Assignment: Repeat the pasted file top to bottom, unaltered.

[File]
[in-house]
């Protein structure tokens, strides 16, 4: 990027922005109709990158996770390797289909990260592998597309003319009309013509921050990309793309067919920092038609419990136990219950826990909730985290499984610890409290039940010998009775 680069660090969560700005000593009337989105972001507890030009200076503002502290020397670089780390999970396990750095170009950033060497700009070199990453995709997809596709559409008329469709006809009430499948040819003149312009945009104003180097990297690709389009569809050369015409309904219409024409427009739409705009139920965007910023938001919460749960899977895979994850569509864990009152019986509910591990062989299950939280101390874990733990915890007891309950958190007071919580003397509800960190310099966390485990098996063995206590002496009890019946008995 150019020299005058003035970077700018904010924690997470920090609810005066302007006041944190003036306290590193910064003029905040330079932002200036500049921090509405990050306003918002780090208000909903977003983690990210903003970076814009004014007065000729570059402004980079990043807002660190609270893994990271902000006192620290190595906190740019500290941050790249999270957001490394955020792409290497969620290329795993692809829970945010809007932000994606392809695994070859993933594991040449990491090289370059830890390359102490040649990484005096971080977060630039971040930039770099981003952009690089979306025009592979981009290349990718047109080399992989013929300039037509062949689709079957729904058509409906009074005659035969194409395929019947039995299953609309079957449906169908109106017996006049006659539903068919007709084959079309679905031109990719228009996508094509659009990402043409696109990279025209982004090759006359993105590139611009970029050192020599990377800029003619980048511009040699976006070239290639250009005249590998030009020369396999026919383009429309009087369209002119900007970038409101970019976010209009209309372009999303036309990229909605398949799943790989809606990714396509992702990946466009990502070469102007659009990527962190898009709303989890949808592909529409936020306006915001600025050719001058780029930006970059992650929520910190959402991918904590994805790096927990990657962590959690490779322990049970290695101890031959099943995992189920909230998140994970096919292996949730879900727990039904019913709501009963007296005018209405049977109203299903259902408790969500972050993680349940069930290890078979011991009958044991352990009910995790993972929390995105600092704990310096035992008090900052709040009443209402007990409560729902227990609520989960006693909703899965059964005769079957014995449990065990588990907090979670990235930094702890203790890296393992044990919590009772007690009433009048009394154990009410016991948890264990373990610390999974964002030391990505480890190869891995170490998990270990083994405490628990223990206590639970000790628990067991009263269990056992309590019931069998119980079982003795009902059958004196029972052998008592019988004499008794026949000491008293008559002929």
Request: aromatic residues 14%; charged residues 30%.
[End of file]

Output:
[in-house]
């Protein structure tokens, strides 16, 4: 990027922005109709990158996770390797289909990260592998597309003319009309013509921050990309793309067919920092038609419990136990219950826990909730985290499984610890409290039940010998009775 680069660090969560700005000593009337989105972001507890030009200076503002502290020397670089780390999970396990750095170009950033060497700009070199990453995709997809596709559409008329469709006809009430499948040819003149312009945009104003180097990297690709389009569809050369015409309904219409024409427009739409705009139920965007910023938001919460749960899977895979994850569509864990009152019986509910591990062989299950939280101390874990733990915890007891309950958190007071919580003397509800960190310099966390485990098996063995206590002496009890019946008995 150019020299005058003035970077700018904010924690997470920090609810005066302007006041944190003036306290590193910064003029905040330079932002200036500049921090509405990050306003918002780090208000909903977003983690990210903003970076814009004014007065000729570059402004980079990043807002660190609270893994990271902000006192620290190595906190740019500290941050790249999270957001490394955020792409290497969620290329795993692809829970945010809007932000994606392809695994070859993933594991040449990491090289370059830890390359102490040649990484005096971080977060630039971040930039770099981003952009690089979306025009592979981009290349990718047109080399992989013929300039037509062949689709079957729904058509409906009074005659035969194409395929019947039995299953609309079957449906169908109106017996006049006659539903068919007709084959079309679905031109990719228009996508094509659009990402043409696109990279025209982004090759006359993105590139611009970029050192020599990377800029003619980048511009040699976006070239290639250009005249590998030009020369396999026919383009429309009087369209002119900007970038409101970019976010209009209309372009999303036309990229909605398949799943790989809606990714396509992702990946466009990502070469102007659009990527962190898009709303989890949808592909529409936020306006915001600025050719001058780029930006970059992650929520910190959402991918904590994805790096927990990657962590959690490779322990049970290695101890031959099943995992189920909230998140994970096919292996949730879900727990039904019913709501009963007296005018209405049977109203299903259902408790969500972050993680349940069930290890078979011991009958044991352990009910995790993972929390995105600092704990310096035992008090900052709040009443209402007990409560729902227990609520989960006693909703899965059964005769079957014995449990065990588990907090979670990235930094702890203790890296393992044990919590009772007690009433009048009394154990009410016991948890264990373990610390999974964002030391990505480890190869891995170490998990270990083994405490628990223990206590639970000790628990067991009263269990056992309590019931069998119980079982003795009902059958004196029972052998008592019988004499008794026949000491008293008559002929």
Request: aromatic residues 14%; charged residues 30%.